I had no problem with the bride wearing a traditional wedding dress, although my mother thought she should have picked something else (though, I have to say, the style of the dress looked a little out-dated to me, and I wondered if it might be the same dress from her first wedding). The problem I had with her dress was that the bride was both very petite in stature (about 4’11”), and very, er, well-endowed (I’m guessing DD), and the dress showed off an awful lot of it, especially for a church wedding. I wasn’t meaning to look down her dress, but being 7 inches taller, I had to look down to talk to her, and, well, they were just there!

  5. la petite chou chou says:


    Anyone I know who was married more than once actually went to Reno to get hitched, and they really didn’t dress up—at all.

    Though, my best friend eloped in front of a judge and she wore a real wedding dress.

    That has nothing to do with this thread, though.

  6. Twistie says:

    So…if you’ve got one person who hasn’t been married before marrying someone who has been married before…does that mean one can have fifteen attendants while the other doesn’t have any? While I’m not one of those people who gets obsessed about having perfect symmetry, that would be downright ridiculous. Or does the person who hasn’t been married before get completely cheated of the trimmings of a formal wedding? If so, my wedding would have been a lot sadder, since my beloved was divorced.

    I don’t think much of hard and fast rules for what you can and can’t do for a wedding. I’ve even seen times when it was good to make an exception on the ‘no ex-spouses’ rule. As long as what the couple wants to do isn’t vicious, painfully greedy, horrifically out of their budget, or deliberately intended to make the guests uncomfortable, I think they should do exactly what they want. I don’t care if it’s the first time to the altar or the fifth.

  7. jj says:

    No attendents? Now that’s just silly. How are you supposed to get ready? Who are you supposed to hand the bouquet too? In general, who is there to shepard you through and help you out as you get caught up in the excitement of the day?

  8. Kai Jones says:

    The old rules, which applied when being a second bride/groom meant you were either bad (divorced) or sad (widow/er), and in either case didn’t want to draw the community’s attention, made sense when that was the assumption. (Although an older first-time bride–say, over 30–was also expected to forego the white dress and multiple attendants kind of wedding.)

    Society doesn’t disapprove of subsequent marriages any longer, or remarriage after a death, or late marriage, so I think those rules have become stale.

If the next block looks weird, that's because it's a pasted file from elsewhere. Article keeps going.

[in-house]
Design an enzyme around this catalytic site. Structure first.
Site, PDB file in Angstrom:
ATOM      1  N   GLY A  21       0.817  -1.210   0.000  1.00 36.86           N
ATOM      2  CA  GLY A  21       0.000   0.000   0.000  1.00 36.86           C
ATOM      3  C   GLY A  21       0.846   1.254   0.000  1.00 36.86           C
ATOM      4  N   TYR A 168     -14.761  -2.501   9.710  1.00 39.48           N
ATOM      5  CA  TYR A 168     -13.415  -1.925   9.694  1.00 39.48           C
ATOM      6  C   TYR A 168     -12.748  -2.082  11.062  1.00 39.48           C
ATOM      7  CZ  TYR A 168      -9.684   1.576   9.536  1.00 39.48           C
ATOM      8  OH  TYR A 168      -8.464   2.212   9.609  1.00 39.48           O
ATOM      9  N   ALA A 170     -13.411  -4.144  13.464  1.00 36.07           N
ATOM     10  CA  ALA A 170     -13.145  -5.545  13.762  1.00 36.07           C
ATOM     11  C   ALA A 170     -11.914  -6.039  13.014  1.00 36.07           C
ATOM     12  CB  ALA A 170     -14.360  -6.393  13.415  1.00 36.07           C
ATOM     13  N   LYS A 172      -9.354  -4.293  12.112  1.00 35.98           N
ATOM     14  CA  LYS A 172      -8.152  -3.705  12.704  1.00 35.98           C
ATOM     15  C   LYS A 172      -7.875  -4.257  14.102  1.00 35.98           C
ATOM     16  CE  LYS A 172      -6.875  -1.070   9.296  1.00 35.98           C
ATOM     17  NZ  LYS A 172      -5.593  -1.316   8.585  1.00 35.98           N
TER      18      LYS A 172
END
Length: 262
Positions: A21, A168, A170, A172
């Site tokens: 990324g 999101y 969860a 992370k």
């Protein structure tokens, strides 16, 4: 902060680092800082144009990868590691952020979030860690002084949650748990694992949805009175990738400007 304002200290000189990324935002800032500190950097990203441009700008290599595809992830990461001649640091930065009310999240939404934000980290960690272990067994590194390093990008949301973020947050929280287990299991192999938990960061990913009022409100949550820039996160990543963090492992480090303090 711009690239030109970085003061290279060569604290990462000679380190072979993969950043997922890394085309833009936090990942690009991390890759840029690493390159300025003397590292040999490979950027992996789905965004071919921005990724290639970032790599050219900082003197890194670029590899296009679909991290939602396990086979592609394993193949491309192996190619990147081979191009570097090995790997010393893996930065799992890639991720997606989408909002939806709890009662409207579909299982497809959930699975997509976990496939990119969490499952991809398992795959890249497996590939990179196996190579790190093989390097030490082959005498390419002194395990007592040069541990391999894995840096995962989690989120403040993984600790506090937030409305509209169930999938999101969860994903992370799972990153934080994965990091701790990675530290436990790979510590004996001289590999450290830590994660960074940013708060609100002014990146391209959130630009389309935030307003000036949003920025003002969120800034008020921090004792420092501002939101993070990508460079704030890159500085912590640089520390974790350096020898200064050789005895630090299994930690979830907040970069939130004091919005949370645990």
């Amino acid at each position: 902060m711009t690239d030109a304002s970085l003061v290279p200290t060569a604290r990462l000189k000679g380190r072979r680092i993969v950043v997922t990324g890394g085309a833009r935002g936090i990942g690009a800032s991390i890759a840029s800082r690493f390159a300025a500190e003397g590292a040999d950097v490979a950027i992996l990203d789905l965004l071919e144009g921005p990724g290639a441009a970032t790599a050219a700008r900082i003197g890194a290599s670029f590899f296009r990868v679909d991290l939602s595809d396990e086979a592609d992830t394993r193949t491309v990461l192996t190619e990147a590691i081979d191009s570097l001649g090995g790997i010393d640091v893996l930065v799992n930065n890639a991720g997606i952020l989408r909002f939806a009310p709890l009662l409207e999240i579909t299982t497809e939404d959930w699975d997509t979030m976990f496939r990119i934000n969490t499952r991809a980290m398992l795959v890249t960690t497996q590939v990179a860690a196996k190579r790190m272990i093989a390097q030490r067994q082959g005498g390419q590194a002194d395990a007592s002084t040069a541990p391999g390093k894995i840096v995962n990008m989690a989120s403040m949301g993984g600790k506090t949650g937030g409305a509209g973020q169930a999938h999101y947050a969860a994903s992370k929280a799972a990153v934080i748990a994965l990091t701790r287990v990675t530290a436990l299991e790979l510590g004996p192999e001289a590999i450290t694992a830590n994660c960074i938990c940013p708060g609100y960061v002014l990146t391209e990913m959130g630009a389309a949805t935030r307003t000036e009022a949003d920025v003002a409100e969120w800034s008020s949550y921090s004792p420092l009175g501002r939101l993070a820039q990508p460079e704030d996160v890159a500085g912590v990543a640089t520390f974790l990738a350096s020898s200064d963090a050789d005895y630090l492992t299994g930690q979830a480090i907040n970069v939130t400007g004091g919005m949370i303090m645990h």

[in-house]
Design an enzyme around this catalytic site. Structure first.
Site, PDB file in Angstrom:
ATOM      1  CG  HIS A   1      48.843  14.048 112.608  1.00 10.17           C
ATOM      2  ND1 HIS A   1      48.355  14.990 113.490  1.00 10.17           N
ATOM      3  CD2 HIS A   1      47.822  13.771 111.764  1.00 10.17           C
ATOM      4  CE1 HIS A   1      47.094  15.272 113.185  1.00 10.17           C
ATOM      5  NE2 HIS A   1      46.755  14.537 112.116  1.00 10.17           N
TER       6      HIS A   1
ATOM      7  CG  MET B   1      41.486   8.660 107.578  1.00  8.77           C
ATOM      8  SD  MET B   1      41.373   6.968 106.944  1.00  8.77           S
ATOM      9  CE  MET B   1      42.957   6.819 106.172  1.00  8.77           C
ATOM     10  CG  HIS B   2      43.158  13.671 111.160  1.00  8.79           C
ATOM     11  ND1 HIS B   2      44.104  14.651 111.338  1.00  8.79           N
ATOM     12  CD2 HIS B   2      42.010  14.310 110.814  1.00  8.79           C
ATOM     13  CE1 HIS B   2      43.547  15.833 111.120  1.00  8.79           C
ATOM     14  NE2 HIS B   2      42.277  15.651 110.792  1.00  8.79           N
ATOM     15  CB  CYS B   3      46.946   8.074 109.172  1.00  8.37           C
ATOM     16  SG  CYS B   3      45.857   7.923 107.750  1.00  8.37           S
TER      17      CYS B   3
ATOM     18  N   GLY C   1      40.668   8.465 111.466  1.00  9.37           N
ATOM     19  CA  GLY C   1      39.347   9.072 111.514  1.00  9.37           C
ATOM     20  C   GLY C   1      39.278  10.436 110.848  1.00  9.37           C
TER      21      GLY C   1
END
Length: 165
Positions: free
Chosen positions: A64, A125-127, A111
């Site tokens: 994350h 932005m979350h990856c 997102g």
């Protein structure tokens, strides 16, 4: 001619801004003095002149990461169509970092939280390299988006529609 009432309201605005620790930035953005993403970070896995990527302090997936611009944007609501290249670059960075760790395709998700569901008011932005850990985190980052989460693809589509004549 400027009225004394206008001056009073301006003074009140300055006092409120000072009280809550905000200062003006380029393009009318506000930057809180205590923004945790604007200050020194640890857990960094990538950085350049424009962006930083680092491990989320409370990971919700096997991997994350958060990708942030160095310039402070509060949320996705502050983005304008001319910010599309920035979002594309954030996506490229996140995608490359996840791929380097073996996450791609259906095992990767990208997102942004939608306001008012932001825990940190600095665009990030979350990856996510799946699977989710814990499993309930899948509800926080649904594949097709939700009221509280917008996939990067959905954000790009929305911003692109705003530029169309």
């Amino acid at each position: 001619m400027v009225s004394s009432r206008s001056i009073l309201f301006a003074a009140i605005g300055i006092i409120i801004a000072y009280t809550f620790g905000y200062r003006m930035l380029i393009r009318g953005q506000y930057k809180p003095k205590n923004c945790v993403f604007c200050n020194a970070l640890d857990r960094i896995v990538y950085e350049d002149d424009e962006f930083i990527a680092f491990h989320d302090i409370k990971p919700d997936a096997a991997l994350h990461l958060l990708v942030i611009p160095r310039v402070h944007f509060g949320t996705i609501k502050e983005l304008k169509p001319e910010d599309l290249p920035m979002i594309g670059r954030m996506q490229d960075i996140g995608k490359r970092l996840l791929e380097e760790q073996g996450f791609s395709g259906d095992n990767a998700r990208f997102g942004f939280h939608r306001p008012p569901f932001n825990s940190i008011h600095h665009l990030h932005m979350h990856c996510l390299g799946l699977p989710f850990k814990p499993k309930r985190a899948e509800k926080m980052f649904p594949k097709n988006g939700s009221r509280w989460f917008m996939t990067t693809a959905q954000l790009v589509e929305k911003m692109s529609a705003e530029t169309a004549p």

9. Chaeriste says:

    Rules suck. I wish I could be more eloquent than that, but really. My best friend and his fiancé are getting married 6/17 and BOTH have been married before. He became a widower at 29 and she was divorced by 25. It happens, people. They are having a knock-down, drag-out wedding, in a hotel banquet hall, with attendants, custom made dress and tux. We, on the other hand, are both first-timers and we’re having a small, 70-person wedding with the ceremony in the banquet hall and one attendant each. It’s what we wanted, and we are comfortable with our choices. To each their own. ‘Encore bride’, feh.

  10. Never teh Bride says:

    A widower at 29? That is so sad!

  11. Soliloquy says:

    My first husband turned out to be gay (surprise!) and actually wanted to be a bridesman in my second wedding. I turned him down, as I thought I already had enough wedding party pictures featuring him, but he did drive 10 hours to come to the ceremony.

    My (2nd) husband hadn’t been married before, and we did the whole church wedding thing. And invited whoever we wanted. The only item my mother put her foot down about was my being married in a red dress, which I though would be fun. So I stuck with ivory, it was pretty.

    Since I had a lot of home stuff from my first wedding, instead of a bridal shower I had a spa party. Everyone brought nail polish, facial ingredients, etc. from home, and my maitron of honor (who’s a massage therapist) did massages in her dining room. It rocked–I highly recommend it!

  12. Never teh Bride says:

    Note: The comment I was responding to seems to have gone AWOL

    Thanks for weighing in, Rebecca. Etiquette is a wonderful thing – it keeps society running smoothly. And while I believe that everyone should have an understanding of proper etiquette, I also believe that we all have the right to buck the rules as long as we abide by the consequences of our choices.

    There is plenty on the site I do agree with…just not everything. I am of the opinion that people should have the type of wedding that pleases them most. If I am offended by their choices, I can respond by not attending.

    Most brides and grooms (encore and otherwise) understand that their wedding style choices have the potential to alienate certain people and these couples must then make decisions based on conscience. Some choose to follow etiquette rules to a ‘T,’ some choose to bend the rules, and some choose to toss them right out the window.

    I support all three groups in equal measure.

  13. Donna says:

    I think you need to revisit our website,, since we never said any of the above. We don’t say second time brides can’t have a wedding or wear a wedding dress or have attendants. The line regarding bridal showers/guests/gifts was misquoted. We said the guests who came to the first shower shouldn’t be expected to attend another bridal shower and bring another gift. They can be invited, yes, but the guest should know that they aren’t expected to bribg anoither gift (many will though). I think the author of the original post was reading from our pages on vow renewal etiquette and not form the second wedding information. And, no, the two of these are not the same. 🙂 Thank you for allowing me to clear up some of the misinterpretation.